Telstra to throttle mobiles after quota exceeded


The nation’s biggest telco Telstra has revealed plans to start throttling data speeds on its customers’ mobile phones once they exceed their monthly quota, in an effort to avoid the so-called ‘bill shock’ phenomenon that can occur when post-quota data is charged in increments.

Historically, customers have received a certain amount of monthly data quota with their mobile phone plans, or even none at all, in some cases, but the popularity of data-hungry smartphones with video and multimedia capabilities has meant that some customers may have exceeded their quotas without realising it.

Rate-limiting has long been a feature of the fixed broadband market, and Telstra’s mobile broadband plans designed to be used with a USB dongle also use the feature — so that speeds are throttled to 64kps, similar to a dial-up connection, when a customer’s allowance has been exceeded.

In a statement released late last night, Telstra finance chief John Stanhope said customers deserved to be able to enjoy the full capabilities of their Telstra mobiles on plans without fear of a large, unexpected bill. “By slowing data speeds once a customer has exceeded their data allowance, and not charging for the extra data, customers stay connected without fear of a hit to the hip-pocket,” the executive said.

Customers will also be able to top-up their quota directly from their handsets, and will also receive “near real-time” SMS alerts when their data quota hits 80 and 100 percent.

In addition, Telstra is also planning to improve the way it notifies customers travelling overseas of their data usage. Another common way that mobile phone users receive large bills is if they are roaming onto another carrier’s network while in another country. “To help them stay on top of their data usage, Telstra is introducing regular SMS alerts that provide advice on the volume and costs associated with data they are consuming,” said Stanhope.

The move was immediately welcomed by communications regulator the Australian Communications and Media Authority, which claimed credit for the Telstra initiative, stating that it came on the heels of its Reconnecting the Customer project to improve the way Australian telcos dealt with their customers. ‘The ACMA is highly gratified that the RTC strategy is already bearing fruit,’ said ACMA chairman Chris Chapman.

The regulator added that Telstra’s announcement was consistent with the type of pro-active industry responses that the initiative was intending to provoke and that it looked forward to seeing what additional measures telecommunications companies will introduce to assist their customers. The report from the ACMA’s initiative is due next Wednesday 1 June.

Image credit: Lars Sundstrom, royalty free


    • Excellent news. I’ve gone over my 3GB limit a couple of times (while tethering) as their current data usage checker (either via the website, mobile app or 3rd party apps) can be out by as much as 8 hours. Has made it near impossible to keep an eye on . If the bit about “near real-time” checking of data is true that will make it much easier to manage.

      I like the bit about being able to top up your data allowance too. That’s a feature I’ve wanted for ages, although I imagine it will be pretty expensive to add another GB or more.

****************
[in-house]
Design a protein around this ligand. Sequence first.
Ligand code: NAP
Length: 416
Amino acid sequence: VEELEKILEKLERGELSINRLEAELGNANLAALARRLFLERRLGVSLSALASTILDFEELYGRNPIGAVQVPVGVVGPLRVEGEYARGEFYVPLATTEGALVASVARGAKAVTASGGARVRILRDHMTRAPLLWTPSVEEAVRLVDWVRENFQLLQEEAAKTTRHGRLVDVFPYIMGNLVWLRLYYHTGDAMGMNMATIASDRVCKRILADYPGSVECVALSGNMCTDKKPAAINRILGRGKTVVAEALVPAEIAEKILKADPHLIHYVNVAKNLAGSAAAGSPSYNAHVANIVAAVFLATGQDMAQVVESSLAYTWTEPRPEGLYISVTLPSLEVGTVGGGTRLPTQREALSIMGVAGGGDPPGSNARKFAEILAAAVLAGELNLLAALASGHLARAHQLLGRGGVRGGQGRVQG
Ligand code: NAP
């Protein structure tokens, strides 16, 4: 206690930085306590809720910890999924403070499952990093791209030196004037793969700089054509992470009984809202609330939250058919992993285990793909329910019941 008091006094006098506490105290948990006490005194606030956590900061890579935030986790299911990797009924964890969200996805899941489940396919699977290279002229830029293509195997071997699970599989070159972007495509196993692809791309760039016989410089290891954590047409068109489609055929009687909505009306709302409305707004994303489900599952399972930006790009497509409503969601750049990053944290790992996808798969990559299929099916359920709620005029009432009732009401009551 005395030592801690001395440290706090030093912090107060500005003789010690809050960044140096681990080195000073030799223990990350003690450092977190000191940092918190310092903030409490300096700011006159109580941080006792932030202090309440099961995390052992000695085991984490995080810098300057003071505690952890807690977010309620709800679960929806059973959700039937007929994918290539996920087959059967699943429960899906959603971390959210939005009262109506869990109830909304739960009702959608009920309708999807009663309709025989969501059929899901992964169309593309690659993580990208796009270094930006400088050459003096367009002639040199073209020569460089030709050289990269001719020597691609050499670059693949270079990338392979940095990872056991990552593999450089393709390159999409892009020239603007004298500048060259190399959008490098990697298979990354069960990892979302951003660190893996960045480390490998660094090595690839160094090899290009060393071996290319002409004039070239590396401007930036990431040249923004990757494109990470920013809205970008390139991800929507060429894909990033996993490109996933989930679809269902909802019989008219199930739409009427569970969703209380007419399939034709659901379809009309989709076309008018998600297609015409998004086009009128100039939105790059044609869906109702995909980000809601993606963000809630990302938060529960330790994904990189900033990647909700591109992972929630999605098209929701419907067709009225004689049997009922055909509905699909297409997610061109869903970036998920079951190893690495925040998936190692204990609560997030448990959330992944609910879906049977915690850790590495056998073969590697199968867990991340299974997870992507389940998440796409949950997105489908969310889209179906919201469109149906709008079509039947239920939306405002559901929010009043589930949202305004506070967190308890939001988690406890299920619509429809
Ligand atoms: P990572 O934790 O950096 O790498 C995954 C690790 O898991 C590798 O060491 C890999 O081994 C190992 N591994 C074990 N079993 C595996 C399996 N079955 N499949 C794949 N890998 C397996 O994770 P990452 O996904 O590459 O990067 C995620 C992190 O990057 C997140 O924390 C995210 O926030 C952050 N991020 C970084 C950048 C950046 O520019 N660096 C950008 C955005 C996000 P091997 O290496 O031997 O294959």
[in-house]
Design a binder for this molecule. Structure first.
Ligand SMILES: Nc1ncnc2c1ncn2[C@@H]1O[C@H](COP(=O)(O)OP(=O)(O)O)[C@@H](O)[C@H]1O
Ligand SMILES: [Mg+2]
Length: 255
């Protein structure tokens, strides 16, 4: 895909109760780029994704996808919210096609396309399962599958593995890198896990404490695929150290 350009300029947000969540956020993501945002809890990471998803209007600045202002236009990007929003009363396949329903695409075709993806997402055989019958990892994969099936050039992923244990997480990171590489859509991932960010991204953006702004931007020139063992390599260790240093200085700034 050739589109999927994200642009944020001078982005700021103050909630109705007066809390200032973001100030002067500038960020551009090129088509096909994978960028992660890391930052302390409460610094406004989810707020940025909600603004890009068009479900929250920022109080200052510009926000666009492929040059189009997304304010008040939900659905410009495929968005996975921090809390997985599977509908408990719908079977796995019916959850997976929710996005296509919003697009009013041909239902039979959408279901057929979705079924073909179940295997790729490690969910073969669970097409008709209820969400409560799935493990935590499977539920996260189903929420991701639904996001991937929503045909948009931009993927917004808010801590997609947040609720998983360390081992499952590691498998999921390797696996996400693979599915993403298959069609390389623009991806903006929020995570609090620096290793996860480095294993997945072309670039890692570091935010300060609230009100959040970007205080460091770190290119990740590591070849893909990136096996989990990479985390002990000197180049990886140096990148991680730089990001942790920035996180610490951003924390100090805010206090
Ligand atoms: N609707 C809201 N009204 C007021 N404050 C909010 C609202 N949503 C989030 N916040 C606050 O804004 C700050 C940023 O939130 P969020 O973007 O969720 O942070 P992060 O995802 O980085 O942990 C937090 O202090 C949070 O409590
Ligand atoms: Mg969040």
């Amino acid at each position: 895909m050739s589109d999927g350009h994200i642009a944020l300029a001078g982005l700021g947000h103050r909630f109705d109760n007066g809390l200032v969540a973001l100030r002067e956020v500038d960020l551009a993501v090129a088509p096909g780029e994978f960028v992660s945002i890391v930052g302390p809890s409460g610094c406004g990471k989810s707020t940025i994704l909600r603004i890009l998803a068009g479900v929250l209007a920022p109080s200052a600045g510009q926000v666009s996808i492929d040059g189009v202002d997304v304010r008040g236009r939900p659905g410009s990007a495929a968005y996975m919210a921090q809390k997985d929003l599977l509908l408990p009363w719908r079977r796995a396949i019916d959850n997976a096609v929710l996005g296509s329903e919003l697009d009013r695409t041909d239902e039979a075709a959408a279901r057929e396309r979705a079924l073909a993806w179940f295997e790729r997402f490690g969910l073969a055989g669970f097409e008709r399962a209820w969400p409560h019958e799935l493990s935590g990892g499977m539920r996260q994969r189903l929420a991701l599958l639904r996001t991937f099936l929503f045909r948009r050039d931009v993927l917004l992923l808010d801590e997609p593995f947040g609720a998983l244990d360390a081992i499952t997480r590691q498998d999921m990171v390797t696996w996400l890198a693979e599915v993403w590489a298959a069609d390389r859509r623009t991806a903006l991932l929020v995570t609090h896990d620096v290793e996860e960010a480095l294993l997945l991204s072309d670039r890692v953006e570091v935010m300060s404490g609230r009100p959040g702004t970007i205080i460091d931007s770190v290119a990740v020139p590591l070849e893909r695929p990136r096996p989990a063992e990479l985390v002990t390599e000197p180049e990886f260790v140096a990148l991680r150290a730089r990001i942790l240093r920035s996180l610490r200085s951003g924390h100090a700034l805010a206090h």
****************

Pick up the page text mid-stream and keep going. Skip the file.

Anyway great news Telstra. The number one mobile network by a country mile.

      • When I bought the iPad2, I decided not to put a SIM card in it yet, since I’m stuck at home due to illness. (However, I got the 3G version, so I can put a SIM in and use it in hospital.)

        Having received it, I connected it to our home WiFi, and also experimented with tethering it to my iPhone. When I went to bed that night (and the WiFi turned off), my laptop happily tethered to the iPhone and sucked data through my 3G plan all night. When I got up the next day, my phone data allowance was nearly 400%.

        It wasn’t a good moment. ;)

        Luckily for me, Telstra kindly sorted the whole thing out. I have also sternly instructed my laptop to ignore any and all seductive offers of tethering, especially during the night when it doesn’t have the benefit of my advice.

        However, this experience brought home to me for the first time just how easy it is to blow your data allowance and end up with a huge bill. I’d only ever used a tiny fraction of my data allowance before, but one tiny change in circumstances and I blew the lot nearly four times.

        So I also applaud this change by Telstra. Mobile customers (heck, I only moved from the sitting-room to the bedroom) change circumstances all the time. Their network needs to deal with that more gracefully.

  1. Amazing! Telstra is almost becoming a decent company. Seems they have come a long way from the days of The Three Amigos and treating customers with utter contempt.

    Plus it’s so nice to actually be able to use a 3G network that actually works most of the time.

  2. Yay. No more $200 bills thanks to Steam deciding since my laptop is connected to the Internet I just NEED that 2GB patch for that game. ^_^

    The problem with a network that actually workies is that by the time I registered that Steam was doing something I didn’t want it to, and closed it, I had already dug through 900MB of quota. Whoops.

  3. All I can say is “IT’S ABOUT TIME” – as anyone who is paying for the mobile of a teen knows, they are incapable of checking their data usage with anything approaching accuracy. I repeatedly asked Telstra to CUT OFF the data on our 3 handsets when they hit their limit, but they claim “that’s not possible”. What they REALLY mean is “we won’t make any money doing that, so we won’t”

    This is a move in the right direction at last./

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